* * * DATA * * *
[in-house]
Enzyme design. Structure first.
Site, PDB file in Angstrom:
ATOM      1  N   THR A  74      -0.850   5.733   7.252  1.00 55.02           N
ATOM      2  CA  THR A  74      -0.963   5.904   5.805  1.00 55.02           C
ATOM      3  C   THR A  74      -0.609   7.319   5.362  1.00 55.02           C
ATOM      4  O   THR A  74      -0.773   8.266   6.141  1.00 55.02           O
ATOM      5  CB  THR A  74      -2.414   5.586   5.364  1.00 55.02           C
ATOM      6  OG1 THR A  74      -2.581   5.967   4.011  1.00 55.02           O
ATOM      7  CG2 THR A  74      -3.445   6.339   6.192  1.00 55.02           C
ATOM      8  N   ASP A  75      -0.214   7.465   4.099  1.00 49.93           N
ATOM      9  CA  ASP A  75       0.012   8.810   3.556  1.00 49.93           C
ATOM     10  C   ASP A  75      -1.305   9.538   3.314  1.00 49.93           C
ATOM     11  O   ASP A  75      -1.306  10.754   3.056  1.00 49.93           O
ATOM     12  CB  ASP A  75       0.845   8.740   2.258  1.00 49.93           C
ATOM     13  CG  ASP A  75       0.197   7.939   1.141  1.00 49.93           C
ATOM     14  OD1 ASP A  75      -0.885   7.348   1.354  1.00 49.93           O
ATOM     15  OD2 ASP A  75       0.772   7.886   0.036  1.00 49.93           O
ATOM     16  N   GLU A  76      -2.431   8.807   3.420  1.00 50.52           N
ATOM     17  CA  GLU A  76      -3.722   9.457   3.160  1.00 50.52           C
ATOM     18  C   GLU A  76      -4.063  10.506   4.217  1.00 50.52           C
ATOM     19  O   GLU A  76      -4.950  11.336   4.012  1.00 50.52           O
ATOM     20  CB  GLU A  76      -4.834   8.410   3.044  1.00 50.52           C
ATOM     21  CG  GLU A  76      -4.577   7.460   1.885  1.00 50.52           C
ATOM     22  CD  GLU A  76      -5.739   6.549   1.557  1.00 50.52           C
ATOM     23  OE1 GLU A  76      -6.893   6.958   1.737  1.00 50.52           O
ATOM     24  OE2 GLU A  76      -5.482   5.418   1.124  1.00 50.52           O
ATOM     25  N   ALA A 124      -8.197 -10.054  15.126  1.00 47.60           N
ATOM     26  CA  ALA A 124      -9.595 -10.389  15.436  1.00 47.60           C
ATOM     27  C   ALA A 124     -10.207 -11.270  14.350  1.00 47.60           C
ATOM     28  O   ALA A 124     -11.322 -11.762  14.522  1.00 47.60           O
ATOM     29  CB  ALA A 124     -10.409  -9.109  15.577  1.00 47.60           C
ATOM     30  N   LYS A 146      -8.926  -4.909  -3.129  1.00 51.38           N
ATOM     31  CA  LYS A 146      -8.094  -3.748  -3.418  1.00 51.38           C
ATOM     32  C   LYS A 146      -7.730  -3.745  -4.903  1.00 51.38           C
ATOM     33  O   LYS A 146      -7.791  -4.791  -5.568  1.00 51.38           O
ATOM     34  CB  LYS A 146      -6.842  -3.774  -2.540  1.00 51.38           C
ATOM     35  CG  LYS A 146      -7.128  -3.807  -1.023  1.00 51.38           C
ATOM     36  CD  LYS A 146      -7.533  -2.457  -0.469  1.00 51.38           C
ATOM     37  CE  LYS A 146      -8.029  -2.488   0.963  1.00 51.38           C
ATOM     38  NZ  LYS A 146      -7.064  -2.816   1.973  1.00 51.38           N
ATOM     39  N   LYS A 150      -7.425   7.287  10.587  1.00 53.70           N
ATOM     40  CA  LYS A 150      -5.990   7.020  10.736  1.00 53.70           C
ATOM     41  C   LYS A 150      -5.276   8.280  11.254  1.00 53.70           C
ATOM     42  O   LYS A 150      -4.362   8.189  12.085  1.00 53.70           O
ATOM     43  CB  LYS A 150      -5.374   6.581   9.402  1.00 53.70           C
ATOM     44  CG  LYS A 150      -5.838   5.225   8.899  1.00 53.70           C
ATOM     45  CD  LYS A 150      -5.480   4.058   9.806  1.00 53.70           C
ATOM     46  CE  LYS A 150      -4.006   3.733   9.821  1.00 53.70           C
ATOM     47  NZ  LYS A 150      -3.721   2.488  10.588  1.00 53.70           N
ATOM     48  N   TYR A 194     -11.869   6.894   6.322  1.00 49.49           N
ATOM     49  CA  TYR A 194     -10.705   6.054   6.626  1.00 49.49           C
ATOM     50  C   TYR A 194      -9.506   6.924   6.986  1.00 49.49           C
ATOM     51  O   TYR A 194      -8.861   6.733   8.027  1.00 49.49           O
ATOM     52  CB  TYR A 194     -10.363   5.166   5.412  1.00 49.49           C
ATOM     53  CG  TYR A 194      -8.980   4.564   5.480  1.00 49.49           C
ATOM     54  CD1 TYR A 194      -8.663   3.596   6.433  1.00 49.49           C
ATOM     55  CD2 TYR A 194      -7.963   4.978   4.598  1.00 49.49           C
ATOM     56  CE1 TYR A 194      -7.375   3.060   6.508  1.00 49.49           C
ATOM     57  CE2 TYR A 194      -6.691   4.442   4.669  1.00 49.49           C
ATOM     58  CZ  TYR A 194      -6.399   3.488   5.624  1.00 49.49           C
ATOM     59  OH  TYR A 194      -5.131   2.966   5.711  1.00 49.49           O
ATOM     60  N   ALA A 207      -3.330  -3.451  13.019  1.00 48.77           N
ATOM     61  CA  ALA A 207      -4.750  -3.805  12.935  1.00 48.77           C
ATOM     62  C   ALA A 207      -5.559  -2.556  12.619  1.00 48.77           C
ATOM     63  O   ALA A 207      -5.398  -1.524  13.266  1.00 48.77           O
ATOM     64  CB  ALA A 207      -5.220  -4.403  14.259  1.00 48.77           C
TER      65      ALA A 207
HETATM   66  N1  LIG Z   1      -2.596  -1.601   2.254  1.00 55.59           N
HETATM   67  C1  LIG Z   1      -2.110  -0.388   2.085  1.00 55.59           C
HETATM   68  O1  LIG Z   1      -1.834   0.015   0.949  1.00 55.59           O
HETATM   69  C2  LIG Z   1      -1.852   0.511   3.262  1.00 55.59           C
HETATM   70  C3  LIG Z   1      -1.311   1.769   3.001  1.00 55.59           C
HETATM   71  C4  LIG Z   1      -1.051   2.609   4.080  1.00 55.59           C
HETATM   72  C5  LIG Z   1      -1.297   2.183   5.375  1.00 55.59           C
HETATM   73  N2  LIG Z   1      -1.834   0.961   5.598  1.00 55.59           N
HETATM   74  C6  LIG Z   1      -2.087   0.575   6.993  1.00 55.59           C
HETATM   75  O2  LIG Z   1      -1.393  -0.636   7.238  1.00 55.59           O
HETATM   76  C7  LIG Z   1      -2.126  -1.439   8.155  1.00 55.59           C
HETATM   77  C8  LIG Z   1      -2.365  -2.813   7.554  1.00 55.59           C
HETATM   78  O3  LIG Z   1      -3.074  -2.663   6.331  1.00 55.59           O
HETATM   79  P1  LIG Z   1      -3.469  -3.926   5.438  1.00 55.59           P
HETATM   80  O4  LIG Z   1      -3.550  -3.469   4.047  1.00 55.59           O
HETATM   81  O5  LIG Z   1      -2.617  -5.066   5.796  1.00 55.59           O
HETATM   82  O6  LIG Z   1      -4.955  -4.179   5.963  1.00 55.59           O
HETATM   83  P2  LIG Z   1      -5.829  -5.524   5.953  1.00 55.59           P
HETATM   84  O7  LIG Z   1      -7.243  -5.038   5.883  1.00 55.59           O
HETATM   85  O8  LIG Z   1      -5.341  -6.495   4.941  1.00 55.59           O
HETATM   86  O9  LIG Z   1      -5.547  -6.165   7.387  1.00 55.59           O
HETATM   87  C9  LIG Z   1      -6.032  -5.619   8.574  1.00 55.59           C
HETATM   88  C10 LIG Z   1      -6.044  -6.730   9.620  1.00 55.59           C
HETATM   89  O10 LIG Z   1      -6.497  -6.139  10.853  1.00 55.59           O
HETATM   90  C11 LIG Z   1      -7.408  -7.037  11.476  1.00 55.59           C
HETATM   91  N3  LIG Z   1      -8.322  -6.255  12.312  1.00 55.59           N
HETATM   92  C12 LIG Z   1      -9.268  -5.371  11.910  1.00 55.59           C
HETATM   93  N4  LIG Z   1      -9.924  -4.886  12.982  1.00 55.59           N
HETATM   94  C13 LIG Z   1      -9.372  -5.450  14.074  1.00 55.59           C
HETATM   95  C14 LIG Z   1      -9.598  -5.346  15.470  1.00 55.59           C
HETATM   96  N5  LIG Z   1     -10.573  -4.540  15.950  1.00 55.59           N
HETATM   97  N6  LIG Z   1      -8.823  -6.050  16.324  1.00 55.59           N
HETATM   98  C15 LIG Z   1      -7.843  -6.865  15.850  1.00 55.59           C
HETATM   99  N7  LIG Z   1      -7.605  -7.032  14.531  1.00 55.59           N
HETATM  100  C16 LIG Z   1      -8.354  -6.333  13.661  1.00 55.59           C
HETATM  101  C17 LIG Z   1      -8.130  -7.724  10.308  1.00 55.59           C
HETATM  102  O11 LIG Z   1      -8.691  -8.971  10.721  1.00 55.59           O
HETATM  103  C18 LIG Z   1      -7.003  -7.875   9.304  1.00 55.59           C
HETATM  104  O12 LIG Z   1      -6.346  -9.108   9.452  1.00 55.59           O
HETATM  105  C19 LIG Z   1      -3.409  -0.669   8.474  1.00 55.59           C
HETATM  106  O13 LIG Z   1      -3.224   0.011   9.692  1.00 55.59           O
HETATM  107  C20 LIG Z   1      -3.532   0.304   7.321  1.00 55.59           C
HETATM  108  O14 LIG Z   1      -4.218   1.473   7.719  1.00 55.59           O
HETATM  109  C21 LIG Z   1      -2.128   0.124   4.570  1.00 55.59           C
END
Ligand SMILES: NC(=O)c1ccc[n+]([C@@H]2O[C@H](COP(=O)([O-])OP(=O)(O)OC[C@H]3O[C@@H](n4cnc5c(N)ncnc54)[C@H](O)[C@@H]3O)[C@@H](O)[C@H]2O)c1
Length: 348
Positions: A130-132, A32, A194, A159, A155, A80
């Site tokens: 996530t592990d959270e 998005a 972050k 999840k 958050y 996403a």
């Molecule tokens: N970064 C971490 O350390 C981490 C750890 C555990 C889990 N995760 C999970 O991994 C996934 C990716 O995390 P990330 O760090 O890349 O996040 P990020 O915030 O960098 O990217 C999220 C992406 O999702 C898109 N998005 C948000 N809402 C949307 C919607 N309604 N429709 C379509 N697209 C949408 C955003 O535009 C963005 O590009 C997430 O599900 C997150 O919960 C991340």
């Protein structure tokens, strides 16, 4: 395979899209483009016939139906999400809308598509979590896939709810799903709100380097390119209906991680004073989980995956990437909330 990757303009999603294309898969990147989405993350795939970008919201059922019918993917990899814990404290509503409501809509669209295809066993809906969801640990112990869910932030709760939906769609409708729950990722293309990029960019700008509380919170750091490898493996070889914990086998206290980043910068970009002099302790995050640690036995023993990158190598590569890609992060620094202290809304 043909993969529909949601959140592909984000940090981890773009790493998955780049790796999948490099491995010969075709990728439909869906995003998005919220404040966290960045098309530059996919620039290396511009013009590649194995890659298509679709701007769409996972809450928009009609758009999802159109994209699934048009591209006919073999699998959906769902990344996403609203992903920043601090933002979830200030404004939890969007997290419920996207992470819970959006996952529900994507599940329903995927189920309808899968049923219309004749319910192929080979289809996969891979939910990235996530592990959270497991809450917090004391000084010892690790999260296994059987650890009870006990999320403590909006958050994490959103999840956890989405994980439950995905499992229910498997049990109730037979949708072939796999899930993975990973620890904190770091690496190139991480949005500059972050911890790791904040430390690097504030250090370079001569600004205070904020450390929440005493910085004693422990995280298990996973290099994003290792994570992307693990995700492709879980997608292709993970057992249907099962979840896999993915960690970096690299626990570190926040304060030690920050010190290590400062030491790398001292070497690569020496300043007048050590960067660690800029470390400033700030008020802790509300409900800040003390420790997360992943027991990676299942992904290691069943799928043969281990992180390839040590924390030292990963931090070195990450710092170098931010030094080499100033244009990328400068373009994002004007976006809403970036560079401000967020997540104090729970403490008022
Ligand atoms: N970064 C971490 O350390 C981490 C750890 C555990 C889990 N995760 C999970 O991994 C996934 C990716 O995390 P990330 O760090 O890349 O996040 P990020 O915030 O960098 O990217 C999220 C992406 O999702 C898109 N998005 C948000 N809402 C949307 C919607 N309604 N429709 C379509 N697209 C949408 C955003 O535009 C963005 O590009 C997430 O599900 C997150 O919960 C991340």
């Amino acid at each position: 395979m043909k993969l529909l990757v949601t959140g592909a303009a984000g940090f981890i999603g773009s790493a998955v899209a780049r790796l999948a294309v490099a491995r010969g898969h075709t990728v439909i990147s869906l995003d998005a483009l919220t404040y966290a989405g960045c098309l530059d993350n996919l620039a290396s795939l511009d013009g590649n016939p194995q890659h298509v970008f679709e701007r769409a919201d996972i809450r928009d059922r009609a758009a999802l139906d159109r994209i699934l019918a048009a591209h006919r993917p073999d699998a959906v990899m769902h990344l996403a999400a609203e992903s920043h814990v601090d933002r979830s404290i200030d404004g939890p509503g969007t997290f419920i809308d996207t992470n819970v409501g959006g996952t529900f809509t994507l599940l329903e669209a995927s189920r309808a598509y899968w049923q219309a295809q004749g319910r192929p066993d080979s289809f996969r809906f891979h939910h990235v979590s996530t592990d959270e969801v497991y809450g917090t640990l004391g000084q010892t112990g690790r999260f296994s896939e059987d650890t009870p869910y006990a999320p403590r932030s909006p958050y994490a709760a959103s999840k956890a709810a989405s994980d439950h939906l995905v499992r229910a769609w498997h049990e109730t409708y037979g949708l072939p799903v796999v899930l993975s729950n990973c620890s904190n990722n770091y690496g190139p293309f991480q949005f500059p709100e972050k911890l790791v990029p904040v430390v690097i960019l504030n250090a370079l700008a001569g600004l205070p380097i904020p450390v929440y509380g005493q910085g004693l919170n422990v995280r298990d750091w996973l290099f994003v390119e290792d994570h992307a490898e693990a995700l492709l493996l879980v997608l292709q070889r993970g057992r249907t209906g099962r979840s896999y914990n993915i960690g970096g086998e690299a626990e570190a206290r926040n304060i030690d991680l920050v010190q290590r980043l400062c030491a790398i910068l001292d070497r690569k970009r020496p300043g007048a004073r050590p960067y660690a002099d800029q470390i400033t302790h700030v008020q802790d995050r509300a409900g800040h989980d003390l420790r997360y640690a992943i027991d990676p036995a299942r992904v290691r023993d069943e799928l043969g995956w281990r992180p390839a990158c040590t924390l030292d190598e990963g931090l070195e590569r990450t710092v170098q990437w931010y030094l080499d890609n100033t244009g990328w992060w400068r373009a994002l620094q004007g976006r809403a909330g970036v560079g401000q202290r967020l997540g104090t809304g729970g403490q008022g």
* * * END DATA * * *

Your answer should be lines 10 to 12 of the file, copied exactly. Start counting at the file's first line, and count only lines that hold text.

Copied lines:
ATOM      7  CG2 THR A  74      -3.445   6.339   6.192  1.00 55.02           C
ATOM      8  N   ASP A  75      -0.214   7.465   4.099  1.00 49.93           N
ATOM      9  CA  ASP A  75       0.012   8.810   3.556  1.00 49.93           C